And now, through a message from a friend, He has brought to mind more of that Psalm:

‘… I will fear no evil, for you are with me, your rod and your staff they comfort me.’ 

And of course that line is written in the context of the darkest valley.  So I decided for the first time to look into what the rod and staff used by a shepherd really were, and why they should be a comfort.

I encourage you to read more here but in summary the rod is a symbol of his strength, his power, his authority in any serious situation.  A weapon against threats, a tool of loving discipline.  He is no weak shepherd, not merely meek and mild.  But it is also used to count and examine the sheep, for example parting the wool to detect any hidden problems that needed to be dealt with.  “This is a most searching process entailing every intimate detail. It is, too, a comfort to the sheep for only in this way can its hidden problems be laid bare before the shepherd.” 

And I am reminded that he searches me, knows me, tests my anxious thoughts and leads me in better ways.  I know, in many different ways that He is really doing this.

And the staff – it is a symbol of comfort, a tool for prods of guidance, and for rescue.  The shepherd talks of, ‘sheep stuck fast in labyrinths of wild roses or brambles where they had pushed in to find a few stray mouthfuls of green grass. Soon the thorns were so hooked in their wool they could not possibly pull free, tug as they might. Only the use of the staff could free them from their entanglement.’And I know this is where I so often find myself – and I have known both His strength and His comfort in the past, pulling me free.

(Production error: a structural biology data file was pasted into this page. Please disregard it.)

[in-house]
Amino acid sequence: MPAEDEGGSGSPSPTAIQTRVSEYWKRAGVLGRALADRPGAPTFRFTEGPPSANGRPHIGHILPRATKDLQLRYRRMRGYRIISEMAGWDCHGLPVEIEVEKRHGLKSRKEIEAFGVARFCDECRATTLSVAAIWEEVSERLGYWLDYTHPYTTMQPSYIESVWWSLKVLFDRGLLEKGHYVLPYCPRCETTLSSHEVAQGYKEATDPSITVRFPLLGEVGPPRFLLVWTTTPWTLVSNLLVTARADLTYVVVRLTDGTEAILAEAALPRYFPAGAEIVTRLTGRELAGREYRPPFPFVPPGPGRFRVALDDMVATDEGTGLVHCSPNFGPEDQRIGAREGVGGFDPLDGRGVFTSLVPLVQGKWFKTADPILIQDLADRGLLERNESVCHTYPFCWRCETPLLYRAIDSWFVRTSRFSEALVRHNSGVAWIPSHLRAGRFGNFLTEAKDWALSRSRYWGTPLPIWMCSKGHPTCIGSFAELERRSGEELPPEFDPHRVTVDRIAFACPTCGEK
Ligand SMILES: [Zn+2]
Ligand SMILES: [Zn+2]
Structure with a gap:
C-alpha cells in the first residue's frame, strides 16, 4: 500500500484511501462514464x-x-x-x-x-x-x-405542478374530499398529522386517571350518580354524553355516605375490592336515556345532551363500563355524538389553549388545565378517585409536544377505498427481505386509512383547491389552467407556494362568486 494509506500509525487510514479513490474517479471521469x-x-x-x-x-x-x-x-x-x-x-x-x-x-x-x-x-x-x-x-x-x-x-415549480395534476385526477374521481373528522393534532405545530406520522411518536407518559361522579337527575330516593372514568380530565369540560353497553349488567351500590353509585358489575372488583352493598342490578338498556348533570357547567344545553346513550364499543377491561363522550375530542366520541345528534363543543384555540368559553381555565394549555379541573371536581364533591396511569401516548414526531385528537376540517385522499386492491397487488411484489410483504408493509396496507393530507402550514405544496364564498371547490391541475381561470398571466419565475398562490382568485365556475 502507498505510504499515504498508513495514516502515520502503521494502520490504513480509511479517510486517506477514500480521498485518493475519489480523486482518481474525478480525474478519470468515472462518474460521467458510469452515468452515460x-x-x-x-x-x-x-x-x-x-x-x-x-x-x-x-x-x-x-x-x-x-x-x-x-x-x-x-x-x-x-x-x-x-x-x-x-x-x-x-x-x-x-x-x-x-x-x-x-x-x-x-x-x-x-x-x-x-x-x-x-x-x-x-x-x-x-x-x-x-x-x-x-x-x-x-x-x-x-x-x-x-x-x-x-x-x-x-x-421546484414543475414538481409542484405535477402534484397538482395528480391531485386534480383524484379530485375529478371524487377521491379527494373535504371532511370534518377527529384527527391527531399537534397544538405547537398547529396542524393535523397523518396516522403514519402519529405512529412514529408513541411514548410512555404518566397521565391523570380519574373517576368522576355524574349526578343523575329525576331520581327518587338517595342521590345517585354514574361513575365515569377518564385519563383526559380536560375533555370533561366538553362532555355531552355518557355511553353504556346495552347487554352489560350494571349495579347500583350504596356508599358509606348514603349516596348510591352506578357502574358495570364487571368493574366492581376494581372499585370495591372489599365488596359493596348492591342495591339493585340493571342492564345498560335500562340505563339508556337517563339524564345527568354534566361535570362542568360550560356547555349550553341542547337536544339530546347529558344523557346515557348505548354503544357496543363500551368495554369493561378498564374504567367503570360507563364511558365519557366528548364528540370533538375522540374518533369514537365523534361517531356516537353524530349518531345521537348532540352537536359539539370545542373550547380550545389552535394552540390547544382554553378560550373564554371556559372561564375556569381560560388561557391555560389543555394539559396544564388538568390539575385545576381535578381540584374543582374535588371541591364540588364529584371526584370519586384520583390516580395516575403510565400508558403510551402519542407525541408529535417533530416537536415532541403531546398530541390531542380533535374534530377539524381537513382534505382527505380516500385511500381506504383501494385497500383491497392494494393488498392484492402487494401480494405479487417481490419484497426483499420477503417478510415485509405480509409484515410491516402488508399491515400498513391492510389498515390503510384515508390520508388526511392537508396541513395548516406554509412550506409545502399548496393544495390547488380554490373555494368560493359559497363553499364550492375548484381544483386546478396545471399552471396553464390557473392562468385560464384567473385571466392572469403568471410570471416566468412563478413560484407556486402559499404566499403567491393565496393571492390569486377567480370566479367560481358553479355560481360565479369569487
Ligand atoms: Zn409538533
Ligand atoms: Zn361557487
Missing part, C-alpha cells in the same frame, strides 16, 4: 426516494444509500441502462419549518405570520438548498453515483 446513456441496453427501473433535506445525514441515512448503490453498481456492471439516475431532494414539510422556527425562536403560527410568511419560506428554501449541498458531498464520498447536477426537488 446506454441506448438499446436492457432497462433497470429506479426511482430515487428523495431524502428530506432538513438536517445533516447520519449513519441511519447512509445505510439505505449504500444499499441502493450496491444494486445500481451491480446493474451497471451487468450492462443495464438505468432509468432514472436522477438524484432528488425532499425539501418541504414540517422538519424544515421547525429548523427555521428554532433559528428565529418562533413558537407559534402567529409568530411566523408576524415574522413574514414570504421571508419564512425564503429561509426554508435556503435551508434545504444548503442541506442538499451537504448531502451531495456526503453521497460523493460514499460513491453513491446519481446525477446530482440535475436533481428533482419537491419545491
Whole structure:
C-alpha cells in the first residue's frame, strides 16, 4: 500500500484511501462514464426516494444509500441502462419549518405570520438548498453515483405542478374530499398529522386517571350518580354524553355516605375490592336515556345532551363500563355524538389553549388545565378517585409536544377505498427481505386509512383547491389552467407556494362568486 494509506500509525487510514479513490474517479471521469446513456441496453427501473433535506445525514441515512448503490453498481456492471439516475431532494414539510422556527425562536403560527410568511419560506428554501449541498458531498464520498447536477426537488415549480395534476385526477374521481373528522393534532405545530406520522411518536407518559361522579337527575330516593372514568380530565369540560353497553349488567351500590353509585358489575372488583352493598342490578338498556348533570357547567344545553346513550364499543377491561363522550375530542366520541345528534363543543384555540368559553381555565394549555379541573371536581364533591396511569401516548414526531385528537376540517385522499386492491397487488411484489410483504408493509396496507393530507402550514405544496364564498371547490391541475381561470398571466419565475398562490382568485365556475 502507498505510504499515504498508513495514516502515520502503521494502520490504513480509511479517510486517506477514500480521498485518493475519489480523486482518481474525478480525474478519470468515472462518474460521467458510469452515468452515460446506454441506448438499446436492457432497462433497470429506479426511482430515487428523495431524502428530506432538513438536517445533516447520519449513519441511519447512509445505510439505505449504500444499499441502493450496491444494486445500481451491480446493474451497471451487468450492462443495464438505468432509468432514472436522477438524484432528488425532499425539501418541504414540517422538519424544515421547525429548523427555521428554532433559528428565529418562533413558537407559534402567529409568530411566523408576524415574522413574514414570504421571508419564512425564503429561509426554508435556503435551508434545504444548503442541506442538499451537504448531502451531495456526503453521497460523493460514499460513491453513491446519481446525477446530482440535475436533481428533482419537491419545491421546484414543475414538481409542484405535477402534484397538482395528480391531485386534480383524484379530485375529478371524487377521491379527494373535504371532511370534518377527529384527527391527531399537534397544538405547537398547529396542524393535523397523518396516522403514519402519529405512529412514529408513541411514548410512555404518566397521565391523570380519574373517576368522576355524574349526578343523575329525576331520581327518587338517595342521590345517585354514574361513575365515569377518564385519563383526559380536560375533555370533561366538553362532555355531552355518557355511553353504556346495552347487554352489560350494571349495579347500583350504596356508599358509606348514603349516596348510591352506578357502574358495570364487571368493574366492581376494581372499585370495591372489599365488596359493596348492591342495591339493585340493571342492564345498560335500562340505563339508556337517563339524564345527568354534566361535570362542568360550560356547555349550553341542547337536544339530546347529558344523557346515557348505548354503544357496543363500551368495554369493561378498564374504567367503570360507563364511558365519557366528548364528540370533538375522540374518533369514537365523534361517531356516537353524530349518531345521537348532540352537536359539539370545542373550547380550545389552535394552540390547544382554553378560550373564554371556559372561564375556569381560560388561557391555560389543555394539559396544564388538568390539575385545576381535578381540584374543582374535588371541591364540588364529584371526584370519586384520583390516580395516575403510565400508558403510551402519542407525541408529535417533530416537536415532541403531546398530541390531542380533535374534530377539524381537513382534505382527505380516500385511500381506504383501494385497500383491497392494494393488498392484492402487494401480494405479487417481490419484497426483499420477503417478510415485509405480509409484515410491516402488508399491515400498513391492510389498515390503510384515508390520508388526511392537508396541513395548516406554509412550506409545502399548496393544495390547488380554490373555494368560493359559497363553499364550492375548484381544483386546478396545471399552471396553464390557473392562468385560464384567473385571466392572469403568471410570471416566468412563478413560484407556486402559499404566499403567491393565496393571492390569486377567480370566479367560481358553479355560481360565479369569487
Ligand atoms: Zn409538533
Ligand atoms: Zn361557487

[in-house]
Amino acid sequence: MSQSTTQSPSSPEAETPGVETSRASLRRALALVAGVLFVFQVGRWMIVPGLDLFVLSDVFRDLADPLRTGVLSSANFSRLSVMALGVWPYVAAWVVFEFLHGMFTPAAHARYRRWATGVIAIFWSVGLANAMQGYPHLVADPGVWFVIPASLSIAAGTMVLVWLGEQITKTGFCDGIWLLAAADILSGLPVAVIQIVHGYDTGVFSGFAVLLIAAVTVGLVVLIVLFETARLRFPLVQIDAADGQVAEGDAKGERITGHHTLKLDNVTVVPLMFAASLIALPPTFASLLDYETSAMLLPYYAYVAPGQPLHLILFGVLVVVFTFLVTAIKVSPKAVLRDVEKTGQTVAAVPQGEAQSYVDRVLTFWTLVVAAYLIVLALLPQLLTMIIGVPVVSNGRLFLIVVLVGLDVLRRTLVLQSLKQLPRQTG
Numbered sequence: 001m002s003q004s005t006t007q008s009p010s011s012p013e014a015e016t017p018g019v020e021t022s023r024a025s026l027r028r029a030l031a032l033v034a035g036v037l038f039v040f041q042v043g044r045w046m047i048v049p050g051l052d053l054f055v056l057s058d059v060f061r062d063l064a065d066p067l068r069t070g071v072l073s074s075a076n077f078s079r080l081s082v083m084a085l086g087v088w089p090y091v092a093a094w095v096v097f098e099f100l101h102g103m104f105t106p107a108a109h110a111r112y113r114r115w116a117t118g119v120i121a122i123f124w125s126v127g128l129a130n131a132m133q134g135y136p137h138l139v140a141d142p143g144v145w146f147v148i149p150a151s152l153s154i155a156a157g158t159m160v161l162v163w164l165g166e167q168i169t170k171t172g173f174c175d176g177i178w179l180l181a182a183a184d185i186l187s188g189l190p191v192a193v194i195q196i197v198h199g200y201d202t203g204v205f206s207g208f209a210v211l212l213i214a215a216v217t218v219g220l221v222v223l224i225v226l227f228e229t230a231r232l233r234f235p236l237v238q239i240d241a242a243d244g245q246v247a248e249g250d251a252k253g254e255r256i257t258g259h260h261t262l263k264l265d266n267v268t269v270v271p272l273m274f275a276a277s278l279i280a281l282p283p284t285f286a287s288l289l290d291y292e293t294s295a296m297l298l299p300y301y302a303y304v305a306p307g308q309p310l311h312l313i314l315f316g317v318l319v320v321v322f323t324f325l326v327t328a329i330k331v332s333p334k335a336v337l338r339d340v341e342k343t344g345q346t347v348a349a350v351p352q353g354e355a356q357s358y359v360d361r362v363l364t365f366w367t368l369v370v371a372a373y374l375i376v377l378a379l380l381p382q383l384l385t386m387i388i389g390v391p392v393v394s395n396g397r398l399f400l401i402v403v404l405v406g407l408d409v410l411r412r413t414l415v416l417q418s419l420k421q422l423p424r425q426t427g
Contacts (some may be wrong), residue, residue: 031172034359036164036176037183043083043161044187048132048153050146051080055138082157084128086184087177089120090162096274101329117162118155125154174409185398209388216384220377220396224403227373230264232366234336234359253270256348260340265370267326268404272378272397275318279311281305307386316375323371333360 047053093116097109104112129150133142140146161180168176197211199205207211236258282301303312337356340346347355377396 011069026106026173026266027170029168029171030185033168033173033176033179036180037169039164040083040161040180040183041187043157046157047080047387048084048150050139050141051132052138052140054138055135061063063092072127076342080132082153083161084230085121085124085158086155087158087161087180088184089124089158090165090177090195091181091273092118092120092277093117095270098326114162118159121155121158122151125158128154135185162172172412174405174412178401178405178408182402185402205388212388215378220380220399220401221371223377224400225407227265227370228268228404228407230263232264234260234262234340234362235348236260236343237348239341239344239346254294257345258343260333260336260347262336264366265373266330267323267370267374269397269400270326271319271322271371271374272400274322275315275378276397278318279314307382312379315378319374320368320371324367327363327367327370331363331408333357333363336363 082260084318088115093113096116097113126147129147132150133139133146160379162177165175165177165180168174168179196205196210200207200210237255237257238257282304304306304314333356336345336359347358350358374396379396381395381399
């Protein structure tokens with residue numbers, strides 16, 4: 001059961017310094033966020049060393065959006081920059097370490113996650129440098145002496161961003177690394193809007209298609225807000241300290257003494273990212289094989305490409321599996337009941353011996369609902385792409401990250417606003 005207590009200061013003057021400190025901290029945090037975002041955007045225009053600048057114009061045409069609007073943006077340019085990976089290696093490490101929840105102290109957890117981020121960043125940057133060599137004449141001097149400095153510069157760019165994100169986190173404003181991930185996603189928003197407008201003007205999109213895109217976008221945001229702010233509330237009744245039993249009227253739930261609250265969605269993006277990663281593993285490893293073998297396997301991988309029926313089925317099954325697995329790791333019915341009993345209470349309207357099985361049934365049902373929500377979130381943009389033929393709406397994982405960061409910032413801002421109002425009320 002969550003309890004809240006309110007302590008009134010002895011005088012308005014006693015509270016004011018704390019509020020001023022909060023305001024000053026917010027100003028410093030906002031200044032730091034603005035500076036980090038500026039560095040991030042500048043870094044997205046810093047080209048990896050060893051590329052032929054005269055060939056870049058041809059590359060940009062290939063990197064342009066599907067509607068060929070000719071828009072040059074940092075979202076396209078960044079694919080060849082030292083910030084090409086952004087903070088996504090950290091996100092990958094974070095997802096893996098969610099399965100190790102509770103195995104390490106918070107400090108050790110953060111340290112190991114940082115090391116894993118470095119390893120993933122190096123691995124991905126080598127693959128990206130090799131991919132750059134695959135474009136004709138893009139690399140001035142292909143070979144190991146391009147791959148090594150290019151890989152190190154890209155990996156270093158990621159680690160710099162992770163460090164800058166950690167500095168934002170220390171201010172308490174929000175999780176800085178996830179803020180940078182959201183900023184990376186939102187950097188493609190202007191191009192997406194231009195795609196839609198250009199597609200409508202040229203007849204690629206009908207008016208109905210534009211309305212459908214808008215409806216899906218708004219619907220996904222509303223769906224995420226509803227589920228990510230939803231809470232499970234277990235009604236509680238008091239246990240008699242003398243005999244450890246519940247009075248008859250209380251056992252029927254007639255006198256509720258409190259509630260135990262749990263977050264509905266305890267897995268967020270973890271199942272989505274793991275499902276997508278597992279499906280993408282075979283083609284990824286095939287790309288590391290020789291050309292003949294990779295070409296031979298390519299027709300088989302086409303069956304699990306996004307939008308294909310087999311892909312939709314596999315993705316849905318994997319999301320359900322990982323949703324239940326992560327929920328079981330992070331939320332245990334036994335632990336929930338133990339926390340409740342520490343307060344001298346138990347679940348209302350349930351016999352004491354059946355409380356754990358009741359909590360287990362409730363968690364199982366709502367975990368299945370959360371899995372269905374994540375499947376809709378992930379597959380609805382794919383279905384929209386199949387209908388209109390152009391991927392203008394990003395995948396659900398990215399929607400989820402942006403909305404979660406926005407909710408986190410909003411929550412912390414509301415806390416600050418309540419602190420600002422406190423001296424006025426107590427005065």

I am reminded that the fight is against ‘…the principalities and powers; the dark forces of evil in this world…’.  And the place where this fight begins for all of us is in the dark strongholds that have taken root in our own minds.   It is this personal darkness that leads to the darkness of war, abuse, negligence and corruption that besets our world.  And though I still long to see God intervening visibly in the events of the world, I know that His primary concern has always been the individual human heart.  And to defeat the darkness in my own heart is a big enough miracle for starters.

This is where my hope begins.  As I see His light, there is a chance I may lead others to His light.  And that is all I can do; all He would ever ask me to do.  I don’t need to carry the weight of the world – I’ll leave that to Him.  I only need to be a light on the hill where has has placed me.  And I can only do even this as I behold Him, choosing not to fear the darkness, for He is stronger.